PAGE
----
OpenJurist

608 F2d 542 United States v. Kent

608 F.2d 542

UNITED STATES of America, Plaintiff-Appellant,
v.
William Thomas KENT, Patrick Petroleum Corporation of
Michigan, Charles Douglas Robinson, Ronald Lamar
Meeks and Lauren Lee Smith, Jr.,
Defendants-Appellees.

No. 78-3438.

United States Court of Appeals,
Fifth Circuit.

Dec. 17, 1979.

Dougald D. McMillan, Sp. Atty., U. S. Dept. of Justice, Dallas, Tex., for plaintiff-appellant.

Michael E. Tigar, Samuel J. Buffone, Washington, D. C., for Patrick Petroleum and Robinson.

Michael Ramsey, Houston, Tex., for Meeks.

John J. Privitera, Washington, D. C., for defendants-appellees.

Appeal from the United States District Court for the Southern District of Texas.

Before TJOFLAT and VANCE, Circuit Judges, and ALLGOOD, District judge.*

VANCE, Circuit Judge:

1

The government appeals the dismissal of an indictment for mail fraud, 18 U.S.C. §§ 1341 and 2, and conspiracy to commit mail fraud, Id. § 371, charged against Lauren Lee Smith, Jr., William Thomas Kent, Patrick Petroleum Corp. of Michigan, Charles Douglas Robinson, and Ronald Lamar Meeks. These charges arose from the alleged defalcation by Smith, receipt by Kent, and use by the other appellees of confidential geophysical data belonging to Smith's employer, Union Oil Co. of California. We find the indictment sufficient and reverse the order of dismissal.

I.

2

The indictment alleged that Smith, as a draftsman employed by Union Oil, had access to confidential documents concerning petroleum resources in the state of Mississippi. These documents included well completion reports, development well analysis, prospective well locations, recommended Union Oil bids, and related information. This material had been prepared for Union Oil by its employees, and Smith's employment agreement prohibited his disclosure of the company's confidential property.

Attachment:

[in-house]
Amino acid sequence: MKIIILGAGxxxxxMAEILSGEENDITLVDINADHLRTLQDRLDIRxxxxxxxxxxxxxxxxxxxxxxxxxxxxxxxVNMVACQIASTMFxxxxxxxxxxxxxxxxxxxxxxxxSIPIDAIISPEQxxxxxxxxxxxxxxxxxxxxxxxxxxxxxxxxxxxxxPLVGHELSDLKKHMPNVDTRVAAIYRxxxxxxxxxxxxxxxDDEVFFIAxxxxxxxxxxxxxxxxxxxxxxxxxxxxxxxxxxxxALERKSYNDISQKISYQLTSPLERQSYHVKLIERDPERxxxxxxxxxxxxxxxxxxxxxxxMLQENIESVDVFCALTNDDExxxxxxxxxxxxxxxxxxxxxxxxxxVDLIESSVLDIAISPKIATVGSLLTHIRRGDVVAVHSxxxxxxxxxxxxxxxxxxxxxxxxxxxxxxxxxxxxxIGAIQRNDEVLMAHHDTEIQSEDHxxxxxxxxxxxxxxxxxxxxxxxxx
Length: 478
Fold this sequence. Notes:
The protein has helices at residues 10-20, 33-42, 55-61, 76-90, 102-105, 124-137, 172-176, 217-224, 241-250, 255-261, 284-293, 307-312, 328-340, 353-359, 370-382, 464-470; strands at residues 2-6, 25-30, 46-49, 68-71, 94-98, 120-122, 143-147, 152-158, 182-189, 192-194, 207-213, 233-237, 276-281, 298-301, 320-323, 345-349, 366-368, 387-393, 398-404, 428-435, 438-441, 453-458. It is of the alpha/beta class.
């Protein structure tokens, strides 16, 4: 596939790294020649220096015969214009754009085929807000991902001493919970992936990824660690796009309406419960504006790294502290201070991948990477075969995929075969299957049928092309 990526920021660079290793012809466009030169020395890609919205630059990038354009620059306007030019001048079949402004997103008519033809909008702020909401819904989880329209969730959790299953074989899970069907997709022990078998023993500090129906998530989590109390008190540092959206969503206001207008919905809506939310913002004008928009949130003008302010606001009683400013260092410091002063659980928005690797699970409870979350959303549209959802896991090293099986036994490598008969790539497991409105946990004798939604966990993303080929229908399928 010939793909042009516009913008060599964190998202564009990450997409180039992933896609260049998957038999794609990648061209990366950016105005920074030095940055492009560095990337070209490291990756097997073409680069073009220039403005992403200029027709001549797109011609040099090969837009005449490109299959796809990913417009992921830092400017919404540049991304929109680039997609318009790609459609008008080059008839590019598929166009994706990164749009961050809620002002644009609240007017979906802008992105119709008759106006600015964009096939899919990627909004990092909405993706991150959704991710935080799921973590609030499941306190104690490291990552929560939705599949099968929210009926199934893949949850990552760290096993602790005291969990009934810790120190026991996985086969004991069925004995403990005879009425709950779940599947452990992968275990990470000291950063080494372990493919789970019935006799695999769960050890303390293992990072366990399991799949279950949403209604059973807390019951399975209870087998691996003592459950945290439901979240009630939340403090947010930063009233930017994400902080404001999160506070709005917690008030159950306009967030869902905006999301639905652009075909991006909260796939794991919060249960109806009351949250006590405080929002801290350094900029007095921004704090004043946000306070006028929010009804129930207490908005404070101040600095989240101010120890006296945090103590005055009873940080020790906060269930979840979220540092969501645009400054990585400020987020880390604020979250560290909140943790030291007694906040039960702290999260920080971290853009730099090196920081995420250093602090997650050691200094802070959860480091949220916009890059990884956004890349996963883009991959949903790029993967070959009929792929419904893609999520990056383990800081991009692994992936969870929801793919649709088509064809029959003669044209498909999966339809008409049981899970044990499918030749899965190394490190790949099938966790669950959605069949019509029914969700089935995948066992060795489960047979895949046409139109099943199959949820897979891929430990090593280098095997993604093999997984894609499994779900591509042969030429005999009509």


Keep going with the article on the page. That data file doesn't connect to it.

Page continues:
3

Smith, Kent, Patrick Petroleum, Robinson, who was its vice president in Michigan, and Meeks, who was Patrick Petroleum's division land agent in Texas, allegedly "devised a scheme and artifice to defraud the Union Oil Company." This scheme consisted of fraudulently depriving Union Oil of "(a) its right to have its business and affairs conducted honestly . . . ; (b) its right to the conscientious, loyal, honest . . . performance of duties by . . . SMITH . . . free from . . . fraud; and (c) its property and secret profits obtained by . . . SMITH . . . ." The alleged scheme involved not only the fraudulent acquisition of Union Oil's property, but also the use of that property. Kent allegedly paid Smith to provide geological data, investment recommendations, and other confidential information, and then transmitted it to Patrick Petroleum, Robinson, and Meeks. Patrick Petroleum, Robinson, and Meeks allegedly used the purloined data to obtain leases for Patrick Petroleum, through hired real estate brokers in those areas where Union Oil had acquired or was seeking to procure leases. They then paid Kent a commission and assigned him an overriding royalty interest, and accomplished this through checks and assignments made to J. J. Paul and Harold Gray. Kent paid Smith a percentage of these commissions.